The other day I asked my child "Can you give me a napkin?" and she said "o self" which means "you do it yourself"!

At first I was shocked, and ashamed that she has perhaps learned it from me and my wife, where perhaps my wife asks me to give her something, but then I tell her I'm busy and she has to get it herself.

I think that's partially the reason why. Now most of the time, me and my wife now try to respond and do things no matter what so she can learn.

However at other instances she asks me to do something which she has to do herself e.g. she has to clean the soda she just spilled and I tell her you have to do it yourself or you have to walk to the car yourself.

So my question is how can I teach her to clean after her own mess while I also teach her to be polite when others ask? She used to be the kind of person to not want to be carried or want to do everything herself, even cleaning up. Still now she does want to do a lot of things on her own (85%), but she's more selective. I guess you could say this is how they make their own progress!?

PS: She's 2.5 years old and I love to carry and help her, but just think she also needs to take responsibility a bit.

  • "I told myself can you give me" "but then I tell myself I'm busy" Um, what?
    – user20343
    Mar 5, 2018 at 19:28
  • someone suggested an edit...It's clear now. Sorry
    – Honey
    Mar 5, 2018 at 19:36
  • The title is missing the subject “I”, but unfortunately that's too small an edit to suggest.
    – dessert
    Mar 6, 2018 at 6:56

2 Answers 2


I would try modeling the behavior you would like to see in her. I suspect you are correct in your assumption that she learned her current behavior from observing you. Which means you will probably have success by modeling helpful behavior.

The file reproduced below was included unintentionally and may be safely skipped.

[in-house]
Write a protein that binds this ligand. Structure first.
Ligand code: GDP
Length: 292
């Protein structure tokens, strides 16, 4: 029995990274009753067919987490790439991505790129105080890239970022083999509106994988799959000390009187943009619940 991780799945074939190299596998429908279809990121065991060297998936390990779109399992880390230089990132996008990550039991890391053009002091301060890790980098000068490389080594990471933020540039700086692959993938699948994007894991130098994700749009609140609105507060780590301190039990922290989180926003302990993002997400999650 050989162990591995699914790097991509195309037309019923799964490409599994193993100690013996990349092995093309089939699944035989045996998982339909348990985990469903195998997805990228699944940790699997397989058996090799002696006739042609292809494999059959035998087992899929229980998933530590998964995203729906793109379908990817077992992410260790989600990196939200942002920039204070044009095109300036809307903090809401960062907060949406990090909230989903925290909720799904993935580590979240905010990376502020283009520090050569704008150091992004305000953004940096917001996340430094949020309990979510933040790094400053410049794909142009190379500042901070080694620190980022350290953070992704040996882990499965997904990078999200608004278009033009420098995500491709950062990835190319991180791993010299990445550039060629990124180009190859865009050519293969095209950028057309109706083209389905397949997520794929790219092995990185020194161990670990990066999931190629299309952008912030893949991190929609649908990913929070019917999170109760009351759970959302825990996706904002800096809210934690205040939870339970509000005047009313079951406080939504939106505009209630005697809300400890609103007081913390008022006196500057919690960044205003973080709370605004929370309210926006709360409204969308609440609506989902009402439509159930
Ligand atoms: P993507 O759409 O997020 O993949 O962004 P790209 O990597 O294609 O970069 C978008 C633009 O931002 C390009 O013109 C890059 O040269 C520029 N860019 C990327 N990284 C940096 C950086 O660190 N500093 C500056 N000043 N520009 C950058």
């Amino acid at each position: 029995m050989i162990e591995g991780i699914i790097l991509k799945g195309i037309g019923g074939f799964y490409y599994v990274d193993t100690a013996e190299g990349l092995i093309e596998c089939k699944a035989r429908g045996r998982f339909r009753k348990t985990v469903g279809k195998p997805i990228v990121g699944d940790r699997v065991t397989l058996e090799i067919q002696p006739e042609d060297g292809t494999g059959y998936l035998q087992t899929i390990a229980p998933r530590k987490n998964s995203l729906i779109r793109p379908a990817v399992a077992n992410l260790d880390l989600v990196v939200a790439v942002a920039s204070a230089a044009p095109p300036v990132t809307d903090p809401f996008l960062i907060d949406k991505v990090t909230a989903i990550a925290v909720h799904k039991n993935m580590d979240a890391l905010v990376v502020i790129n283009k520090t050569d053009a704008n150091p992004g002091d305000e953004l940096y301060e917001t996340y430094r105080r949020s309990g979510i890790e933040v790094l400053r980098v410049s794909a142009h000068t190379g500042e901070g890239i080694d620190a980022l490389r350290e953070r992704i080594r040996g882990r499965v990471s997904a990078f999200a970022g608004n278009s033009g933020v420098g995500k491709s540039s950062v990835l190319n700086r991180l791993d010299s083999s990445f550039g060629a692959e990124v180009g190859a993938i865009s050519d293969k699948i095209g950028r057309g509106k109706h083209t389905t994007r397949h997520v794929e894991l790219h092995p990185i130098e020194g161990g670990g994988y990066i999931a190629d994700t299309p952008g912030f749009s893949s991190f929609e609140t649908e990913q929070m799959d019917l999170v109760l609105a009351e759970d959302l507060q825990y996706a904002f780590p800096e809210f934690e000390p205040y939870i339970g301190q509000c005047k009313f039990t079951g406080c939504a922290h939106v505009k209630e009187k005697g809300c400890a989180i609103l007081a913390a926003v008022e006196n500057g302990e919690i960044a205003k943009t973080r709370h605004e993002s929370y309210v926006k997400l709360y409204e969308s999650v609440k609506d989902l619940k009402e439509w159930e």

So when you ask her to pass you a napkin and she responds with "o self", ask your wife if she will pass you a napkin. When she does, thank her for being so helpful. Show your gratitude and appreciation for the help. Maybe over exaggerate it slightly. Your toddler will pick up on it. Then when she helps you, do the same. Positive reinforcement will help that behavior to stick.

Also remember to explain things when "do it yourself" responses are appropriate. If you are busy, explain that. "I'd love to help you dear, but right now I am busy and can't help. You will have to do it yourself." If it is something you can't (or won't) do for someone, explain that in detail too. "I can't spoon feed you all of your macaroni. I need to eat my own food. And you need to learn how to do it yourself so you can be a big girl."

Kids are smart. They may not pick up on every nuance of the explanation, but they will get enough of it. And they will try it out on you so they can learn those nuances and the reasons for things. Show and explain. Be patient. It will work out. Good luck!

  • And this change of behavior is because she's getting better at reading/following her parents?
    – Honey
    Mar 5, 2018 at 19:05
  • 9
    Partly. Children learn social things by watching others (usually family members). She's at the age where she is testing boundaries and trying to be more independent and control her world. If you haven't seen it yet, you will find that she will love using the word "no" a lot. She's just trying things out. This is just another thing to try. Can she get you to do things "yourself" by insisting on it? Or is that not how that works? She's learning by experimentation. And you are part of that experiment.
    – Becuzz
    Mar 5, 2018 at 20:14
  • 1
    @Becuzz Indeed, "NO!" is the First Word of Power. It's downright magical. Mar 5, 2018 at 21:11

For me, if they ask I'll help but let them do most of the work. Sometime there's some sort of negotiation that happens.
- Carry me
- I don't want to carry you but I can hold your hand

If they really want me to do everything, then I'll stay close and help with my voice. Sometime a task could seem overwhelming (they could be tired, hungry, ...)
- I don't want to clean, you do it.
- hmm... what should we do first?
- Get a towel
- Where's the towel?

When they get older, I just use simple direct word.
- I don't want to clean.
- You spill, you clean.

I often talk to them about the cycle of an activity, there's a beginning, a middle (often fun part) and an end. We have to do all these part every time. Ask about it, "what are the part of making a puzzle?".

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